Mannion, J. D., M. G. Magno, P. D. Buckman, F. DiMeo, R. Greene, M. Bowers, M. McHugh and H. Menduke. Acute electrical stimulation increases extramyocardial collateral blood flow after a cardiomyoplasty. Ann Thorac Surg. 56:1351-8., 1993.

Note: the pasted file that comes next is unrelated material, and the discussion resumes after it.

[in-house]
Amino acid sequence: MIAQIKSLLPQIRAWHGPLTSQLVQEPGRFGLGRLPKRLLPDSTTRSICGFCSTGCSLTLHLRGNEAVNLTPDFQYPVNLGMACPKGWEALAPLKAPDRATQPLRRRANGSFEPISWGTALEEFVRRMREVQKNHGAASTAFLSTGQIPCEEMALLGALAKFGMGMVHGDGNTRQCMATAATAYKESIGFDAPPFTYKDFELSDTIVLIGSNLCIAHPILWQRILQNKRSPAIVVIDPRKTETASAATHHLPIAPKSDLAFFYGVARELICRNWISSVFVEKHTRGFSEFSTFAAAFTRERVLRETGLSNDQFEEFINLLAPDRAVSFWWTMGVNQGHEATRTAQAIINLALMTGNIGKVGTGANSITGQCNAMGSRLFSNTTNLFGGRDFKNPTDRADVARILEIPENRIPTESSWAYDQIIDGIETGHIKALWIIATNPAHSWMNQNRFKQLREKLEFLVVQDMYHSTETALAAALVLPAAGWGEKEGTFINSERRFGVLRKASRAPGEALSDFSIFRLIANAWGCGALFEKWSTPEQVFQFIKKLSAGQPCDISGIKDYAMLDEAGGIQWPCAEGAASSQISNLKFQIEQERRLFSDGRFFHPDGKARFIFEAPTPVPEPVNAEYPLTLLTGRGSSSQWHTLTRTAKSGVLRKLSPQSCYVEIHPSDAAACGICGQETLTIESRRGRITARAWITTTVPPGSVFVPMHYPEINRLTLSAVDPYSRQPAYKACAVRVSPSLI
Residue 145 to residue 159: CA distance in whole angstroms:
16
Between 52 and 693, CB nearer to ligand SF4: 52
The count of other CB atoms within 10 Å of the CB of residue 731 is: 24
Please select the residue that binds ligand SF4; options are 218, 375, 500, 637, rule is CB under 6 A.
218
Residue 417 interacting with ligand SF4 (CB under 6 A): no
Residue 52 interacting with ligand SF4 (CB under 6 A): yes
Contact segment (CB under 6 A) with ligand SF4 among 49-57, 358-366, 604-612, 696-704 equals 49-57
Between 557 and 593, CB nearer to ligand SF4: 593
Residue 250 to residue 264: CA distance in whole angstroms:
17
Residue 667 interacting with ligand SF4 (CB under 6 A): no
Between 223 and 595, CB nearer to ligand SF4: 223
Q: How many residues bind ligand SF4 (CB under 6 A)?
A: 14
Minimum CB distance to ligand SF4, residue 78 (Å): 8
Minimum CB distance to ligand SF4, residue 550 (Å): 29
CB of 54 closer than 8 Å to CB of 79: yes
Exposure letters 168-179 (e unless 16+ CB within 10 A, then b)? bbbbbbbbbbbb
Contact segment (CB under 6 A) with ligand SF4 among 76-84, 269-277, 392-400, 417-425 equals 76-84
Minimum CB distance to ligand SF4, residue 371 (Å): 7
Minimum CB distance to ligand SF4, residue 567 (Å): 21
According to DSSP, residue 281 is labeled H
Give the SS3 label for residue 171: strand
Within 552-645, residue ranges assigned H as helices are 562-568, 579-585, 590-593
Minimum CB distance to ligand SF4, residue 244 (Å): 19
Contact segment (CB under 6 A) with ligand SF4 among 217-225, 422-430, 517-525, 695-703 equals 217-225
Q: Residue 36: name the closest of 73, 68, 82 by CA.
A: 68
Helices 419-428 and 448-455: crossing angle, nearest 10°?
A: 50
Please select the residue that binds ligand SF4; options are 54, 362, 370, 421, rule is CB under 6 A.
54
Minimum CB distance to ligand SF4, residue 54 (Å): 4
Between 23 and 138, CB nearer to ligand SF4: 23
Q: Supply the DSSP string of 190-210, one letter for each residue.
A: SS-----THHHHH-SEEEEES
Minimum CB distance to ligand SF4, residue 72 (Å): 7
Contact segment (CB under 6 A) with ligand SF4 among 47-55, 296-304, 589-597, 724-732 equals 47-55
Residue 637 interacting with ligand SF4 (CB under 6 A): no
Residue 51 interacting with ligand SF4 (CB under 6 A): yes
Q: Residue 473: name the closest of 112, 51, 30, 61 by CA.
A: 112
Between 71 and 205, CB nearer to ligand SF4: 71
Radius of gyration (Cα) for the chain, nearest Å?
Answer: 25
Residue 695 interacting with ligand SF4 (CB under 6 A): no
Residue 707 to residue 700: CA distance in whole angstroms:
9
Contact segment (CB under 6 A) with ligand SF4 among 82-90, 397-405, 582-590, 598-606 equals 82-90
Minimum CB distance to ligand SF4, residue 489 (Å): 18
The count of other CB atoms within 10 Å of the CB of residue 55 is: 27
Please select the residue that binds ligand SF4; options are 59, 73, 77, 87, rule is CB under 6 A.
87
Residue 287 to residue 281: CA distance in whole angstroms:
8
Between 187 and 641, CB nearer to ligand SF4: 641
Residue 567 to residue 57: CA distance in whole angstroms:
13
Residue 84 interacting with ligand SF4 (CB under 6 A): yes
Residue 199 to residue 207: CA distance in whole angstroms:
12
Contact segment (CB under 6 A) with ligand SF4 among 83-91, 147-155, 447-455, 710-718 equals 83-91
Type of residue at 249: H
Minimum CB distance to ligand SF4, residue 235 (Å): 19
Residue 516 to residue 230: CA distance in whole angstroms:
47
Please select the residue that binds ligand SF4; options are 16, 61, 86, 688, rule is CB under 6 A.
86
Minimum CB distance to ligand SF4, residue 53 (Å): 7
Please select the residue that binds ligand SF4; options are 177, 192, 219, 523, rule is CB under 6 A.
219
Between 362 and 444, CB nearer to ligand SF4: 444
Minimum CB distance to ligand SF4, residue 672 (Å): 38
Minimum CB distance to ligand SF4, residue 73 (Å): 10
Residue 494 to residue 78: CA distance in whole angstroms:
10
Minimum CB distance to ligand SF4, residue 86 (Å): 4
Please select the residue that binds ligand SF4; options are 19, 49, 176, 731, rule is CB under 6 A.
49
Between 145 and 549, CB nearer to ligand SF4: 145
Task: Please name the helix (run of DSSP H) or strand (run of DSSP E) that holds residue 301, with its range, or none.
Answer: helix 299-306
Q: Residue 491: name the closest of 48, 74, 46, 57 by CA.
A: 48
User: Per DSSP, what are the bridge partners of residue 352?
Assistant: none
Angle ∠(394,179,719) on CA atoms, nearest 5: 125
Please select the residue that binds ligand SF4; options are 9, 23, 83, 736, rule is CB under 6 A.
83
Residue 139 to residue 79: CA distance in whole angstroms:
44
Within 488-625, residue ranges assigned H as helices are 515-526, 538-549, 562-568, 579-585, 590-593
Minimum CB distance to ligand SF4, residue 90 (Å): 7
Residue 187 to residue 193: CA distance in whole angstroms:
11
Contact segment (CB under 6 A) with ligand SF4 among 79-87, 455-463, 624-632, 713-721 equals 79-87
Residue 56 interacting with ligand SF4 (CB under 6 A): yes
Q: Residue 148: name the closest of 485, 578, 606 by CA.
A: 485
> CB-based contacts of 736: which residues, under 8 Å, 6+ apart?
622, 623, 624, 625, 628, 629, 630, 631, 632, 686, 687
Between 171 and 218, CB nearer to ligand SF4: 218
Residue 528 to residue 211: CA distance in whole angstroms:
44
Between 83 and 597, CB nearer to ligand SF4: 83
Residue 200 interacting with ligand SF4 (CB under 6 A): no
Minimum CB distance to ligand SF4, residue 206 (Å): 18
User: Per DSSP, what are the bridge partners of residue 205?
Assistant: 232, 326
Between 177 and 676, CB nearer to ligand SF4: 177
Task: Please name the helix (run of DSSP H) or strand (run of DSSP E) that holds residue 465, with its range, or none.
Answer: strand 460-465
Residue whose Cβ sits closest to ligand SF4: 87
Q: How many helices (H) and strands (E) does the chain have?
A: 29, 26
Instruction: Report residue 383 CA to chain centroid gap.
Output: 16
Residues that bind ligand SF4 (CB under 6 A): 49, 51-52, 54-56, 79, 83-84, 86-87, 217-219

We hypothesized that acute electrical stimulation of a latissimus dorsi cardiomyoplasty would augment the collateral blood flow delivered by the skeletal muscle to the heart. This hypothesis was tested in an animal model (13 goats) of coronary artery disease. Six weeks after a cardiomyoplasty was performed, myocardial collateral blood flow derived from the latissimus dorsi muscle was measured with colored microspheres when the muscle was at rest and during electrical stimulation of the thoracodorsal nerve at 1.25 Hz. The area at risk for ischemia averaged 13.37 +/- 2.08 g (mean +/- standard error), or 18.4% of left ventricular mass (n = 13). At rest, significant skeletal muscle-derived collaterals developed in 9 animals, and formed predominantly to chronic ischemic myocardium (mean +/- standard error, 0.07 +/- 0.02 mL.g-1 x min-1; n = 9), rather than infarct (0.03 +/- 0.02 mL.g-1 x min-1; n = 5), or normal myocardium (0.0005 +/- 0.0001 mL.g-1 x min-1; n = 9). Stimulation increased skeletal muscle-derived collateral blood flow to chronic ischemic areas to 0.38 +/- 0.09 mL.g-1 x min-1 (n = 9) (p < 0.05). During stimulation, the collateral flow was greater in the epicardium (0.46 +/- 0.11 mL.g-1 x min-1) than in endocardium (0.14 +/- 0.09 mL.g-1.min-1) (p < 0.05). This study demonstrates that electrical stimulation of a latissimus dorsi cardiomyoplasty increases extramyocardial collateral blood flow to chronic ischemic myocardium.